When it came to selecting a college, Ambar Solis-Fuentes and Ethan Voss considered three factors: academics, social life and, equally important, cost.
As a first-generation college student, Solis-Fuentes recognized that schools’ scholarships and aid would play a primary role in her decision.
Voss, meanwhile, knew early that Case Western Reserve was his first choice. Actually enrolling here, though, would depend on the financial support he received.
The two applied at an opportune time: The Class of 2021 is the first accepted under the university’s new policy of meeting the full need of every admitted student. Previously, about a quarter of students received aid lower than their demonstrated need. The new approach has dramatically increased diversity—including representation of economically disadvantaged students.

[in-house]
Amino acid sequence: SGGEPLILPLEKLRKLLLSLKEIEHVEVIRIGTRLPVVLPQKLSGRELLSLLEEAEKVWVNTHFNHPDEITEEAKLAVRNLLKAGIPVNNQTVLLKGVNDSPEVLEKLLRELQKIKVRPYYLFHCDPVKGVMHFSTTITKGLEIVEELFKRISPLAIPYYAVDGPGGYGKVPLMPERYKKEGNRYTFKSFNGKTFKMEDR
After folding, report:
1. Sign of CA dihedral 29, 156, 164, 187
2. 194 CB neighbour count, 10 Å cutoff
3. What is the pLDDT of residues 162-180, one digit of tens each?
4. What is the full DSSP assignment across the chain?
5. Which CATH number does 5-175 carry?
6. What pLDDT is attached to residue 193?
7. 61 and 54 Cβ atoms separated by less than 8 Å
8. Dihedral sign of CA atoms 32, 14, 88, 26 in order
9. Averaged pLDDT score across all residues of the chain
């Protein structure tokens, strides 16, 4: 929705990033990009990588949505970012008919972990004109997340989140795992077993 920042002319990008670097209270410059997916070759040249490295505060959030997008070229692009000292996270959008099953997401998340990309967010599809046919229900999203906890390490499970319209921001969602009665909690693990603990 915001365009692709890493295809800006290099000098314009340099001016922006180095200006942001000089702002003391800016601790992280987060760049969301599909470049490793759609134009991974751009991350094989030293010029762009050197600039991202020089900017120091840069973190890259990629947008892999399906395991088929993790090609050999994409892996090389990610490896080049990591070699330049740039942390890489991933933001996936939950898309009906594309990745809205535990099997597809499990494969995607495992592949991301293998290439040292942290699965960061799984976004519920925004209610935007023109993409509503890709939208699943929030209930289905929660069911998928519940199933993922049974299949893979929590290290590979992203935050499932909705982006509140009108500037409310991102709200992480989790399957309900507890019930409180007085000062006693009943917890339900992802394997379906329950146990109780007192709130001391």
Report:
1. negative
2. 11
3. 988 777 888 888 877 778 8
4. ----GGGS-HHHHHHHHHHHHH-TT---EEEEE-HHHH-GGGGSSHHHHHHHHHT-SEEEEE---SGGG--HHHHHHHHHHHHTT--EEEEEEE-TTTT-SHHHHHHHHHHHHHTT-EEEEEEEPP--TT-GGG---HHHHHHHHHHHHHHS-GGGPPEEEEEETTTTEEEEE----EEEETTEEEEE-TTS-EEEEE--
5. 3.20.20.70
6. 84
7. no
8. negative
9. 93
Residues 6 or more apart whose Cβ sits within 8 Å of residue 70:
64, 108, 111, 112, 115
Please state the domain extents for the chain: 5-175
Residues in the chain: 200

Today both Voss and Solis-Fuentes are first-year students. He’s majoring in engineering, while she’s pursuing biochemistry on a pre-med track—and working to realize the dreams of her immigrant parents.
“They came here,” she said, “to give my siblings and me the chance to be more successful.”